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seen Apr 14 at 14:43

Jan
14
accepted Why FullSimplify doesn't work here?
Jan
14
accepted Definitions inside ParallelTable?
Jan
14
comment How to make the Mathematica icon flash in the taskbar?
@MikeLimaOscar SystemDialogInput["FileSave"] makes the taskbar icon flash. But it also brings up a File Save dialog that can be confusing. I guess I can use it temporarily. But it would be nice if there was a command that made the taskbar flash without side effects.
Jan
14
comment How to make the Mathematica icon flash in the taskbar?
@rm-rf It may be OS dependent. But it is specific to Mathematica. I want a Mathematica command (similar to Beep[]) that makes the taskbar flash.
Jan
14
revised How to make the Mathematica icon flash in the taskbar?
added 408 characters in body
Jan
14
comment How to make the Mathematica icon flash in the taskbar?
@mm.Jang The problem with Beep[] is that if you leave the computer for a while and return, and you can miss the beep. The icon flashing remains flashing indefinitely.
Jan
14
revised How to make the Mathematica icon flash in the taskbar?
edited title
Jan
14
asked How to make the Mathematica icon flash in the taskbar?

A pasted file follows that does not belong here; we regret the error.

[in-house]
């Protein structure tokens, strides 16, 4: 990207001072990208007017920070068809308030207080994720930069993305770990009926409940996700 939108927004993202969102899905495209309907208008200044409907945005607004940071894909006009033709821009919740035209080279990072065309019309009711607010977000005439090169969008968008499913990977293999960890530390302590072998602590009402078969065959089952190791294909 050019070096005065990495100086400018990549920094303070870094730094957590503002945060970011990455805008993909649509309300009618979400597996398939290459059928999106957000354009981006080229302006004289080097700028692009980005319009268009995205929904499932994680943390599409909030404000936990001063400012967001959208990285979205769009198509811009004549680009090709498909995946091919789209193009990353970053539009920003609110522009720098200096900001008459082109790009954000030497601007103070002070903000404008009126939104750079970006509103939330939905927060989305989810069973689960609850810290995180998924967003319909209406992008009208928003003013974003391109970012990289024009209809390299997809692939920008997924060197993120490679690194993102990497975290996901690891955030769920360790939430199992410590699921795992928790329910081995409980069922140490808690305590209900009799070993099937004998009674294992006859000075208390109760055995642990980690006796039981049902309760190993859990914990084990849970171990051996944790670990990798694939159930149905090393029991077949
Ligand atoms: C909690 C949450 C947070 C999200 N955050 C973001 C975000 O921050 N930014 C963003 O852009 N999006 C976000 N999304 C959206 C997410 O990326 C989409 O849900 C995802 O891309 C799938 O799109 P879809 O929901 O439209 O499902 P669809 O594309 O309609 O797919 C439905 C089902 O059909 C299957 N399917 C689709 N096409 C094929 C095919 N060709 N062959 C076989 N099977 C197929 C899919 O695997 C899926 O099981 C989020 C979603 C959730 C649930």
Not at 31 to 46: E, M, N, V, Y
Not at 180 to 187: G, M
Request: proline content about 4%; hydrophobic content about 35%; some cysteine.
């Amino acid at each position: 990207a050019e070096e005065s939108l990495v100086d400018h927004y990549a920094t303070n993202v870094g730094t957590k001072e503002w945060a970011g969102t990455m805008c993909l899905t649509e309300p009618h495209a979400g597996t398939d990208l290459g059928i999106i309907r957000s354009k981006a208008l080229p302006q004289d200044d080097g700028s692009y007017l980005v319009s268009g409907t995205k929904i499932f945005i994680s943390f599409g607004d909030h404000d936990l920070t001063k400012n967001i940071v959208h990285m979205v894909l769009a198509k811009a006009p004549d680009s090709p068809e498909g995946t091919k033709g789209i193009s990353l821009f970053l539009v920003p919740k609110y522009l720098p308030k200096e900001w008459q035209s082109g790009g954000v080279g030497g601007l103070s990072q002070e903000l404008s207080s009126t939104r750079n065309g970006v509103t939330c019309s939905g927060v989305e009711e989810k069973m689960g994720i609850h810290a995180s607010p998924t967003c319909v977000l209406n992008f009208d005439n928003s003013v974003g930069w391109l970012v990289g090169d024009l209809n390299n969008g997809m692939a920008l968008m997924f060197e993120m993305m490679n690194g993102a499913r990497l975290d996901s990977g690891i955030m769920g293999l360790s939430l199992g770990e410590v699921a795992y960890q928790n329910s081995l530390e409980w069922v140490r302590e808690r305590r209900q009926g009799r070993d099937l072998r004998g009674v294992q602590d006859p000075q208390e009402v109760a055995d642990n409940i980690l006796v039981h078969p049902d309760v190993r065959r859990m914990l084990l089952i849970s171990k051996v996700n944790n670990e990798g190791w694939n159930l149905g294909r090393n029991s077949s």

Jan
14
comment Extract table from image
+1. But I've found one error: m[[28,28]] gives -1. It should be 1.
Jan
13
comment Extract table from image
@Anon But I don't think you can define a priori (that is, before seeing the image) where the columns are going to be.
Jan
13
comment Extract table from image
@anon You can also assume that you know the dimensions of the matrix. In this example, the matrix is 46x34. The columns and rows are clearly delineated in the image.
Jan
13
comment Extract table from image
@rm-rf Yes. You can assume that the values are all in the set {-1, 0, 1, 2}.
Jan
13
asked Extract table from image
Jan
13
accepted Function that returns the binary string given its index in lexicographic ordering
Jan
7
comment Why x = x doesn't cause an infinite loop, but f[x_] := f[x] does?
I agree @LeonidShifrin and IstvanZachar. This doesn't answer my question.
Jan
7
revised Why x = x doesn't cause an infinite loop, but f[x_] := f[x] does?
edited title
Jan
7
awarded  Nice Question
Jan
7
comment Why x = x doesn't cause an infinite loop, but f[x_] := f[x] does?
@JacobAkkerboom I agree. I think that x:={x} and x:=Identity[x] are explained by @MichaelE2's comment above (referencing reference.wolfram.com/mathematica/tutorial/…). Your point is that @MichaelE2's explanation works for all the examples that reach $RecursionLimit? If yes, you should add that to your answer (Extended comment)... It could be helpful to reach a complete answer.
Jan
7
comment Why x = x doesn't cause an infinite loop, but f[x_] := f[x] does?
@JacobAkkerboom It makes no difference to me that the infinite loop is due to IterationLimit or to RecursionLimit.
Jan
7
comment Why x = x doesn't cause an infinite loop, but f[x_] := f[x] does?
@m_goldberg I would like an explanation that starts from the evaluation mechanism of Mathematica. There should be a general principle (I hope) that establishes when there is infinite recursion and when there isn't.